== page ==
First things first: Ladronn’s cover is so hauntingly beautiful and a complete departure from the artwork within that anyone buying this book for the cover alone might be a little shocked. They might be shocked by just how amazingly suited Jim Calafiore is to draw the adventures of Man-Bat. This character is Calafiore’s. The best panels in the book are when Langstrom is furry and bat-winged.
Harris’ writing puts the wings under Langstrom’s arms and gives Langstrom a haunting vision that drives him on a quest to find his wife. With Gotham currently submerged in chaos, it is only natural that Langstrom would cross paths with other characters. In this issue, Lynx and the Outsiders (separate and distinct, thank you very much) make appearances, but do not detract from Langstrom’s quest. Sure, the quest runs along the path of cliche, but here it is handled lovingly, as a husband’s true concern for his bride.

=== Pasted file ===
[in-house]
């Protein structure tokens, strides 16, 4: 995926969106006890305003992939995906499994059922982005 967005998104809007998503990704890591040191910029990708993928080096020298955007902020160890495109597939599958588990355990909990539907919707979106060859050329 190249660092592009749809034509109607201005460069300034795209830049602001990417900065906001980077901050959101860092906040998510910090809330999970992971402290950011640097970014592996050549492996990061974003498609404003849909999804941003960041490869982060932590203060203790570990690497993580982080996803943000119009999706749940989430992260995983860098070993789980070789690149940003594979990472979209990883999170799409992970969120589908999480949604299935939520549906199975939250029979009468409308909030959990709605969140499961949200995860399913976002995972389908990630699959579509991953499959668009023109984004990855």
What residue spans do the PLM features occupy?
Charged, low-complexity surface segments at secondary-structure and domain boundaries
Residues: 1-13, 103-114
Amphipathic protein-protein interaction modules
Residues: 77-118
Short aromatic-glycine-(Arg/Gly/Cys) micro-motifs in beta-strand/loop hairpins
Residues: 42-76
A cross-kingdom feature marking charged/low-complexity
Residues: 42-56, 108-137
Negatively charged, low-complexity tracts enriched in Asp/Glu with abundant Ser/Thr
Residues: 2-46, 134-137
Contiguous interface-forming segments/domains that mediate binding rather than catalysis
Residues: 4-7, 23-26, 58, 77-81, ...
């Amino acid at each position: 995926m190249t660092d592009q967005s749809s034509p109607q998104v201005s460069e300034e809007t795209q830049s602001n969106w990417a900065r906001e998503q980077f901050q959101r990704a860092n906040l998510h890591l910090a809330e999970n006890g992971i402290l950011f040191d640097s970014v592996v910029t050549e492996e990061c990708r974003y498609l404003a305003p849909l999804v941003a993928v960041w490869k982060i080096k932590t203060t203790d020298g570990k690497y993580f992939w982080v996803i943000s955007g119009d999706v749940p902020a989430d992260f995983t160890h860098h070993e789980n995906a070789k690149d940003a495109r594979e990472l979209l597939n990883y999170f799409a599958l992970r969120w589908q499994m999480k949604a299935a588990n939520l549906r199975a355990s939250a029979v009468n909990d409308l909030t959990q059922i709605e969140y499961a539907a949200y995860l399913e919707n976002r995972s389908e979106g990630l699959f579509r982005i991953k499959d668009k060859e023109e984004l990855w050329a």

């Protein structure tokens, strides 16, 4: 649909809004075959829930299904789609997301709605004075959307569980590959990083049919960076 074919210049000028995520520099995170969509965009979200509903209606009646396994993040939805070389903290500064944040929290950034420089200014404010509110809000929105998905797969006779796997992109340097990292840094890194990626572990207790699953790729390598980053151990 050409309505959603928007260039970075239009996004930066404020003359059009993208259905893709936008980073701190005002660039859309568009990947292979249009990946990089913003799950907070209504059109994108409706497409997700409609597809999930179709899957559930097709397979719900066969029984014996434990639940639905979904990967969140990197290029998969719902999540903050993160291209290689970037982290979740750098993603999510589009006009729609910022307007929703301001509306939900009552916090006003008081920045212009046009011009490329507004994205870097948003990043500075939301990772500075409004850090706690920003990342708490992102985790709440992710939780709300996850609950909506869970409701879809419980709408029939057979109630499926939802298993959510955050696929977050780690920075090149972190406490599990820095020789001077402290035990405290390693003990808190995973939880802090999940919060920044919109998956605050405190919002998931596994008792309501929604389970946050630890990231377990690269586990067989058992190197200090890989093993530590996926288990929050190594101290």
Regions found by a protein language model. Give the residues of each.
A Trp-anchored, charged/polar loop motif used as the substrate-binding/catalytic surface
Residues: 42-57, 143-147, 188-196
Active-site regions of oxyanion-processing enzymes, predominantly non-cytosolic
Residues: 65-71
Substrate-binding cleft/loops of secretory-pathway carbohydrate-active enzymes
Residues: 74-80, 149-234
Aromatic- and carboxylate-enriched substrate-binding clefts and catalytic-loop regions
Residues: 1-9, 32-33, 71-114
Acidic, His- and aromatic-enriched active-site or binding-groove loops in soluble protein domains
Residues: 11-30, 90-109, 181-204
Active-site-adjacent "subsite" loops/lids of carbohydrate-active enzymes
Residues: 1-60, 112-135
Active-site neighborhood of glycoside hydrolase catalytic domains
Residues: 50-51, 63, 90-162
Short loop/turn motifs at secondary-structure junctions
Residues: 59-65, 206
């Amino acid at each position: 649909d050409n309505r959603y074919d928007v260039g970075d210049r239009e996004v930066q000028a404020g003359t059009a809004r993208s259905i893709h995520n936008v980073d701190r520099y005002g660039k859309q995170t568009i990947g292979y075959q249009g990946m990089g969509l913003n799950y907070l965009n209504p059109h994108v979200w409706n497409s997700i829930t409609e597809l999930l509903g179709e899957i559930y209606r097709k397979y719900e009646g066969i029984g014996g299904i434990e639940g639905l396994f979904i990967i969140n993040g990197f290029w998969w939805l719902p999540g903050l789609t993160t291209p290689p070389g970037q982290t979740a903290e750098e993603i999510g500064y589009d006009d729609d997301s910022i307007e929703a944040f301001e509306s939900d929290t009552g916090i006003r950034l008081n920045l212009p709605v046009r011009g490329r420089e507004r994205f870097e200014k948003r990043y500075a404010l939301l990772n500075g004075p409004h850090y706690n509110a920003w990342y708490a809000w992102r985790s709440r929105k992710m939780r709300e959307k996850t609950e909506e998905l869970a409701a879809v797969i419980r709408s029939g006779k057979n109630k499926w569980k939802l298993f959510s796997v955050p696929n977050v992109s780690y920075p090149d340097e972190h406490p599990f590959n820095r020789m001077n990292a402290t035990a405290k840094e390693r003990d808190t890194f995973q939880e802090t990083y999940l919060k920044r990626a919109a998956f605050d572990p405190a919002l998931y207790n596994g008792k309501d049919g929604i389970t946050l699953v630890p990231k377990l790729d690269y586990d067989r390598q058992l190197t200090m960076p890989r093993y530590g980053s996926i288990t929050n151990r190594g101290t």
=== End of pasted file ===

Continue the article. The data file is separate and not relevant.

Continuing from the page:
The foe in this issue had me scratching my head, as I thought he was dead, but a little research cleared that up for me rather quickly. The pairing of Man-Bat and his adversary in this story is an odd combination and it is a bit of a stretch to put the two together, but once the plot carries them there, it works as a story.
Unfortunately, this story bleeds out the end of this issue, without any solid clue as to where to follow. I found myself closing the cover significantly more interested in the fate of Man-Bat, but I am unable to determine where he will appear next, save for a guess in “Battle for the Cowl” #2. Following that, I would relish a chance to see Kirk Langstrom make some regular appearances elsewhere in the DC Universe. Maybe those same Outsiders could spend a little time with the winged crusader.